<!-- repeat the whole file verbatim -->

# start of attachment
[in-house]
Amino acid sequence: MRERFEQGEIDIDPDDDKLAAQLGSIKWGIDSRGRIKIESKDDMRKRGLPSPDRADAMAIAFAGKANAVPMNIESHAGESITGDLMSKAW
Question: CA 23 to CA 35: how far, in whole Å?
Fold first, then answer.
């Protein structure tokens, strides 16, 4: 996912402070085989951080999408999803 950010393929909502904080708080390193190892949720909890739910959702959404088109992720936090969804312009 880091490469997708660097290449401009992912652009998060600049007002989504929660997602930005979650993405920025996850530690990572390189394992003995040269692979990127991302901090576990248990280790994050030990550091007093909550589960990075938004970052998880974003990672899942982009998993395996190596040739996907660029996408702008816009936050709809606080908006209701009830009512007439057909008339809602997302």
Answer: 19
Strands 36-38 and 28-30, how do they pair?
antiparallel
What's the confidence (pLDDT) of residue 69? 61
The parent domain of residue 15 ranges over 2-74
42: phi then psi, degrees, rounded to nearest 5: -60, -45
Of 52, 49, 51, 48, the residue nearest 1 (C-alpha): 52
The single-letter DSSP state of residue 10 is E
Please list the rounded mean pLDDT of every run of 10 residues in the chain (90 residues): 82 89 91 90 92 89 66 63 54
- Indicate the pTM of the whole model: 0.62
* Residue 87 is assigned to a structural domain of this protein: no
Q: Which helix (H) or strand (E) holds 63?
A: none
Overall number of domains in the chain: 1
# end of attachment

[in-house]
Amino acid sequence: MRERFEQGEIDIDPDDDKLAAQLGSIKWGIDSRGRIKIESKDDMRKRGLPSPDRADAMAIAFAGKANAVPMNIESHAGESITGDLMSKAW
Question: CA 23 to CA 35: how far, in whole Å?
Fold first, then answer.
């Protein structure tokens, strides 16, 4: 996912402070085989951080999408999803 950010393929909502904080708080390193190892949720909890739910959702959404088109992720936090969804312009 880091490469997708660097290449401009992912652009998060600049007002989504929660997602930005979650993405920025996850530690990572390189394992003995040269692979990127991302901090576990248990280790994050030990550091007093909550589960990075938004970052998880974003990672899942982009998993395996190596040739996907660029996408702008816009936050709809606080908006209701009830009512007439057909008339809602997302």
Answer: 19
Strands 36-38 and 28-30, how do they pair?
antiparallel
What's the confidence (pLDDT) of residue 69? 61
The parent domain of residue 15 ranges over 2-74
42: phi then psi, degrees, rounded to nearest 5: -60, -45
Of 52, 49, 51, 48, the residue nearest 1 (C-alpha): 52
The single-letter DSSP state of residue 10 is E
Please list the rounded mean pLDDT of every run of 10 residues in the chain (90 residues): 82 89 91 90 92 89 66 63 54
- Indicate the pTM of the whole model: 0.62
* Residue 87 is assigned to a structural domain of this protein: no
Q: Which helix (H) or strand (E) holds 63?
A: none
Overall number of domains in the chain: 1